One of the best ways to build your plan for next year is to consider what happened this season.
Let’s look at the fungal diseases you may have seen this year and discuss what you can do to better prepare yourself for the next season’s crop.
Growers in the southern regions already understand that many fungal pathogens overwinter due to the milder winters in their area. There are a few that survive in southern area, but generally can’t overwinter in the northern climates. These are blown north from overwintering sites in the south during the growing season and can include:
Common Rust (Puccinia sorghi)
Southern Rust (Puccinia polysora)
Southern Corn Leaf Blight (Bipolaris maydis)
Some fungal pathogens overwinter in the northern and southern climates. Major examples are:
Northern Corn Leaf Blight (Exserohilum turcicum)
Northern Corn Leaf Spot (Bipolaris zeicola)
Gray Leaf Spot (Cercospora zeae-maydis)
Anthracnose Leaf Blight (Colletotrichum graminicola)
Tar Spot (Phyllachora maydis)
There are others that can overwinter in northern climates to a lesser degree, such as:
Diplodia Leaf Streak (Stenocarpella macrospora)
Physoderma Brown Spot (Physoderma maydis)
Eyespot (Kabatiella zeae)
Common Smut Fungus (Ustilago maydis)
Head Smut Fungus (Sphacelotheca reiliana)
PRO TIP: Foliar diseases that are not fungal pathogens, but sometimes get confused as fungal disease, include:
Stewart’s Wilt (Pantoea stewartii), which overwinters in the corn flea beetle,
Goss’s Wilt and Blight (Clavibacter michiganensis subsp. nebraskensis), which overwinter in residue borne bacterium1
Maize Dwarf Mosaic Virus
Fungicides have no effect on bacterial or viral pathogens, so save your money and focus on genetic resistance when selecting seed varieties.
Hopefully, you’ve had a chance to scout your fields to identify fungal disease that may have impacted your crop this year. Fall scouting is the best way to prepare for the upcoming season.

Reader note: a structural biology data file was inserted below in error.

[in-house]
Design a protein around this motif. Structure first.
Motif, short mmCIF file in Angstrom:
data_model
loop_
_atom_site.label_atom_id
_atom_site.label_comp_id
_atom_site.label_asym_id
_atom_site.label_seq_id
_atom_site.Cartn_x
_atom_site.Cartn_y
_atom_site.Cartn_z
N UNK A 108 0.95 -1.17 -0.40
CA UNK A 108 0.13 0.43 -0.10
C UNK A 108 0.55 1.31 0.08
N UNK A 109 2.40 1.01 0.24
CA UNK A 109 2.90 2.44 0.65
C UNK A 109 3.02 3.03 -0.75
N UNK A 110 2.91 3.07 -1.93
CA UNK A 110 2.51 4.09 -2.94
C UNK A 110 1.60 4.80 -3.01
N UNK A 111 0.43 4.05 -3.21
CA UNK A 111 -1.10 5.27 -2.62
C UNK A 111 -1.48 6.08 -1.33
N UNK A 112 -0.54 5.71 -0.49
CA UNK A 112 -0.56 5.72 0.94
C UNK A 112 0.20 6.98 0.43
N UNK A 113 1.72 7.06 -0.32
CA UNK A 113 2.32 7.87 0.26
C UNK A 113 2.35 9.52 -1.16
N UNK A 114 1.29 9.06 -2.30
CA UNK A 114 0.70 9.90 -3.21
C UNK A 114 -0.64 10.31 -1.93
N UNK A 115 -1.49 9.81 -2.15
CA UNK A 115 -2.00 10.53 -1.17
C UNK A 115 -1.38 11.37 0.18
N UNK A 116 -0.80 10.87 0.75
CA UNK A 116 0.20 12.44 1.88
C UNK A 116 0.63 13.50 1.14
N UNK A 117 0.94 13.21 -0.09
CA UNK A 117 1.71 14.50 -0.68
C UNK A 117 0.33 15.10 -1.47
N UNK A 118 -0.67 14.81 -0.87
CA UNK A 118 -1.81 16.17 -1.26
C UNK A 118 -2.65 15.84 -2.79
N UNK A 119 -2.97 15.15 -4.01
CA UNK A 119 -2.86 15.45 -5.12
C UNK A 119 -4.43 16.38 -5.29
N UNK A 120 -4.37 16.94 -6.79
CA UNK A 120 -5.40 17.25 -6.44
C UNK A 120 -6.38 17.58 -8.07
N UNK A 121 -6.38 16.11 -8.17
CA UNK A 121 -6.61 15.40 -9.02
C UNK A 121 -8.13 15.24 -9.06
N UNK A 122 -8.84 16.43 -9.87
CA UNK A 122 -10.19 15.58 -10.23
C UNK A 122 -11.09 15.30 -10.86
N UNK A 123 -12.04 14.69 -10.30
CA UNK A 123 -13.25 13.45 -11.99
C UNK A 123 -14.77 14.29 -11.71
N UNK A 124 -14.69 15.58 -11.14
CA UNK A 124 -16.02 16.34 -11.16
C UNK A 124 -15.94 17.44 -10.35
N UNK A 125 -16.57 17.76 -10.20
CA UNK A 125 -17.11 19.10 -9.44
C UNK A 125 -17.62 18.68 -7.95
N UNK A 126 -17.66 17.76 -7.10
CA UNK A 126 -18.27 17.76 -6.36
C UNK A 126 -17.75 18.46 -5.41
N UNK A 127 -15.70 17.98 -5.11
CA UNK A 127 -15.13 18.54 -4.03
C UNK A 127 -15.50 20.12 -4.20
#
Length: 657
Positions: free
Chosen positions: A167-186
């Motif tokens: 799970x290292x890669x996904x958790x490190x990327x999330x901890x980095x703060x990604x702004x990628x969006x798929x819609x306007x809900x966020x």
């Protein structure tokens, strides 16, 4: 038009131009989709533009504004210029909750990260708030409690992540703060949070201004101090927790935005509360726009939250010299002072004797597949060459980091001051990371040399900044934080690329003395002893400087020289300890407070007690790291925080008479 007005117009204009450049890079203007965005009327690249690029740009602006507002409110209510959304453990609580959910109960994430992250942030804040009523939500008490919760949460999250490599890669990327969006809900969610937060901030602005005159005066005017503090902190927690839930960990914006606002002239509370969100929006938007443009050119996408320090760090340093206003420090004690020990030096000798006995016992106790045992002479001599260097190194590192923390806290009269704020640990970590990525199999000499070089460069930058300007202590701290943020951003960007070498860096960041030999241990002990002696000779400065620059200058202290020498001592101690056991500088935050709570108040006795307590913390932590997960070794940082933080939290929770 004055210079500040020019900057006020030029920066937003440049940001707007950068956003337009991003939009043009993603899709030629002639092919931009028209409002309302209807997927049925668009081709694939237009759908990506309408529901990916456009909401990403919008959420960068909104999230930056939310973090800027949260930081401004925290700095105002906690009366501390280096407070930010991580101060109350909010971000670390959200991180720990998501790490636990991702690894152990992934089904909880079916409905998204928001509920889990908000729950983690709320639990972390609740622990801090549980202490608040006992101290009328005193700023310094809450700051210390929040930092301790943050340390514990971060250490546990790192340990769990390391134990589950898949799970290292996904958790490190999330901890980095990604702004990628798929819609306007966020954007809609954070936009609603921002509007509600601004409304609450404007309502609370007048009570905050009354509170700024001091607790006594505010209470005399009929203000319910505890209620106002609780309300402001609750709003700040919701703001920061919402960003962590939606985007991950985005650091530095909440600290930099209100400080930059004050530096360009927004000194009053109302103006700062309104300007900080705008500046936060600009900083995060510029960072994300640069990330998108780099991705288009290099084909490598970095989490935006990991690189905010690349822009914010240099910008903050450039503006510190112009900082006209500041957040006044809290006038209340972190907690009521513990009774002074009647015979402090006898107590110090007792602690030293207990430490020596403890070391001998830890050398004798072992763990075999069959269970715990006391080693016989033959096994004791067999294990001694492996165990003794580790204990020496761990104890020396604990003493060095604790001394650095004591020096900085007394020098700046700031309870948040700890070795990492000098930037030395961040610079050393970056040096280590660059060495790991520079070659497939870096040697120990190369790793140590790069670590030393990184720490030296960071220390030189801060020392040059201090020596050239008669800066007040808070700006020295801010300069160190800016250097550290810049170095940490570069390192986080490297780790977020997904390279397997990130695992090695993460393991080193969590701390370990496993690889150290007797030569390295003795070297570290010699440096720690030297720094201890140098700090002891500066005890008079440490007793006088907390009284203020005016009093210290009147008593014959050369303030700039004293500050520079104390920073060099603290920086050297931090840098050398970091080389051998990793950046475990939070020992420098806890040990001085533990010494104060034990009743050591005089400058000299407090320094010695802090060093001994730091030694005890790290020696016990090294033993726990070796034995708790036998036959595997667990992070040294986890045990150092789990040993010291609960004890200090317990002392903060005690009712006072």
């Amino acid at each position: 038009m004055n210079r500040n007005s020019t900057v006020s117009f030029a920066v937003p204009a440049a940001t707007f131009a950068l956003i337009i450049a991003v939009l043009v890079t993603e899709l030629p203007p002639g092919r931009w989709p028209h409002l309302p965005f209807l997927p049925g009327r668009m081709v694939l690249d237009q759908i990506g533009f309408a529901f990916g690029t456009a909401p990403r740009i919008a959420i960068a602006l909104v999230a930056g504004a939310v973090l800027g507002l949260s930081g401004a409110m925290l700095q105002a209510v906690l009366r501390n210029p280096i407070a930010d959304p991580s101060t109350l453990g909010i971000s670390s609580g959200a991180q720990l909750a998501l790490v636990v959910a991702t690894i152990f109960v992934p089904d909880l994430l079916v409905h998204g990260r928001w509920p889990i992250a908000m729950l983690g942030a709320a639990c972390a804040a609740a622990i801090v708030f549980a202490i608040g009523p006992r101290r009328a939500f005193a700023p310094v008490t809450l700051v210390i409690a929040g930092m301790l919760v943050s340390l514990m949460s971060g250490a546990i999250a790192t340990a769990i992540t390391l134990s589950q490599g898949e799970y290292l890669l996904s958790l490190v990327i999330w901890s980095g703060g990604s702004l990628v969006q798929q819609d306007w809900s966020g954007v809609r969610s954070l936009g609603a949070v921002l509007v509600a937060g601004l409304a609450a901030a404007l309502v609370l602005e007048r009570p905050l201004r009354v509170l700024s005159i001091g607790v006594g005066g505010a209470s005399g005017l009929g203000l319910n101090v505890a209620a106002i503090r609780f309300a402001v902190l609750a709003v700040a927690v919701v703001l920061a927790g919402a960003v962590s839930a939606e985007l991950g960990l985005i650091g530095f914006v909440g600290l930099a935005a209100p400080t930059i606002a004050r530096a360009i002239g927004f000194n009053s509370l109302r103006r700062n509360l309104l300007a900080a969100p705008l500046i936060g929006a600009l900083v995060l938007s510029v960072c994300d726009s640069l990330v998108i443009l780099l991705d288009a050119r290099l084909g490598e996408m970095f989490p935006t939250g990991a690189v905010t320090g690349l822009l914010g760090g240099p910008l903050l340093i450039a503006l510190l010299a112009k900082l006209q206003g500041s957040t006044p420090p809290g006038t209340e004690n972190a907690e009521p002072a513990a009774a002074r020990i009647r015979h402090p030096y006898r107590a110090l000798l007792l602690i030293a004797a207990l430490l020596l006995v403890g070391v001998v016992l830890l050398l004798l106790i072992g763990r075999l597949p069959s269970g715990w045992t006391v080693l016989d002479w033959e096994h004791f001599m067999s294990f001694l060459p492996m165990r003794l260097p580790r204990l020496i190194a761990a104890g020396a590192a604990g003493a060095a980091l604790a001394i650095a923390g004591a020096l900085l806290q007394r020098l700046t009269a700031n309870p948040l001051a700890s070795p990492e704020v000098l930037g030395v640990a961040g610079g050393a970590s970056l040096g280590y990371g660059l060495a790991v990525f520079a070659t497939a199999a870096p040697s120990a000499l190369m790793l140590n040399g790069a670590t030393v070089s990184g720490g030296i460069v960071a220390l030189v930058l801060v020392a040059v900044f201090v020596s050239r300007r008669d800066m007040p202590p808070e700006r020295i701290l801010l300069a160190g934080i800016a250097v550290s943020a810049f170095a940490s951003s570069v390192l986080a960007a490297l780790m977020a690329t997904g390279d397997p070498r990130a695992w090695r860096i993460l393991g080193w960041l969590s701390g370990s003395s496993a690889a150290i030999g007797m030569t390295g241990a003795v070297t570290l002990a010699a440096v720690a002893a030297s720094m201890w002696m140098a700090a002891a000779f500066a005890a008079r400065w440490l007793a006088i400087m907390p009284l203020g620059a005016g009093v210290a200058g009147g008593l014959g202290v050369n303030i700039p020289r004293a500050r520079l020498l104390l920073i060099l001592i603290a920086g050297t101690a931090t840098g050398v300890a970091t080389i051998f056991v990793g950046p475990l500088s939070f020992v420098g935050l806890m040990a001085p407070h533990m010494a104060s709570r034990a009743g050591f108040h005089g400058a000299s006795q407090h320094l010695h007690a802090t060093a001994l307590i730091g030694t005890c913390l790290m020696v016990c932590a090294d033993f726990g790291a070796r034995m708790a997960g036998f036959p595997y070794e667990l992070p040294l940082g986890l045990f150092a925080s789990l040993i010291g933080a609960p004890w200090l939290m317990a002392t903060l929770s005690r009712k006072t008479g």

Many fungal diseases can be minimized by turning crop residue under with tillage practices. Many fungal pathogens can’t survive being buried, making the time of infection shorter the following year. Tillage works well on many fungal pathogens, but it does not completely eradicate the problem.
If you utilize minimum tillage or no-till, expect fungal pathogens to potentially return. Focus on crop rotation and reducing host plants in weedy areas or fence lines. Corn is a grass, and grasses that grow next to your fields or in weedy areas of your fields can provide a place for pathogens to survive and possibly infect your upcoming crop.
Another option to consider is limiting stressors that weaken the crop. The following stressors can all contribute to a plant’s ability to fight pathogens later in the season:
Cold soil temperatures early in the season
Excessively wet spring soils
And don’t forget about genetic resistance. Most seed companies capture ratings from poor to excellent on common fungal pathogens. Understanding these ratings will help you balance fungal resistance with yield expectations.
Products utilizing active ingredients such as azoxystrobin, propiconazole or tebuconazole work well against these fungal pathogens. Timely scouting and timely applications can greatly increase your bottom line.
Remember to always read and follow label instructions for control of each fungal pathogen in your fields.
FBN has the diverse array of fungicides you need to proactively manage fungal diseases and keep your operation running smoothly. With 24/7 digital shopping access, direct-to-farm delivery, transparent pricing and savings opportunities, and detailed label information available for each product, FBN offers the information and products you need to make an effective crop protection strategy this season.
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